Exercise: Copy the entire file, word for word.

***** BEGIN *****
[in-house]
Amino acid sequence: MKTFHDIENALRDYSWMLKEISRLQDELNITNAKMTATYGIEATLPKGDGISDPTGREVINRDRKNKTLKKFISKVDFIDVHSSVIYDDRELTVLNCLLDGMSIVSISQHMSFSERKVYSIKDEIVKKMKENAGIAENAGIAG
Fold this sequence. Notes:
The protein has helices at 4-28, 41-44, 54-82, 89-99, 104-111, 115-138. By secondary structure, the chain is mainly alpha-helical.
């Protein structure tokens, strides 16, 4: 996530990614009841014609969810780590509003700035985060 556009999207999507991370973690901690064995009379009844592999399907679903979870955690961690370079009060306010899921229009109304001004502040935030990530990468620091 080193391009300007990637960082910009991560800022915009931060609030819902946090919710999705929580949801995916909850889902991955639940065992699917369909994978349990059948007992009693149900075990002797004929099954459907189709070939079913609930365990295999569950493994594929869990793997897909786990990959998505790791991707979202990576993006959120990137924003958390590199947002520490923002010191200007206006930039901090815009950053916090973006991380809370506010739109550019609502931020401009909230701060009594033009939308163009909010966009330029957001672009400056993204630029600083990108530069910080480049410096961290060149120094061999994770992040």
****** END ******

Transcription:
[in-house]
Amino acid sequence: MKTFHDIENALRDYSWMLKEISRLQDELNITNAKMTATYGIEATLPKGDGISDPTGREVINRDRKNKTLKKFISKVDFIDVHSSVIYDDRELTVLNCLLDGMSIVSISQHMSFSERKVYSIKDEIVKKMKENAGIAENAGIAG
Fold this sequence. Notes:
The protein has helices at 4-28, 41-44, 54-82, 89-99, 104-111, 115-138. By secondary structure, the chain is mainly alpha-helical.
């Protein structure tokens, strides 16, 4: 996530990614009841014609969810780590509003700035985060 556009999207999507991370973690901690064995009379009844592999399907679903979870955690961690370079009060306010899921229009109304001004502040935030990530990468620091 080193391009300007990637960082910009991560800022915009931060609030819902946090919710999705929580949801995916909850889902991955639940065992699917369909994978349990059948007992009693149900075990002797004929099954459907189709070939079913609930365990295999569950493994594929869990793997897909786990990959998505790791991707979202990576993006959120990137924003958390590199947002520490923002010191200007206006930039901090815009950053916090973006991380809370506010739109550019609502931020401009909230701060009594033009939308163009909010966009330029957001672009400056993204630029600083990108530069910080480049410096961290060149120094061999994770992040």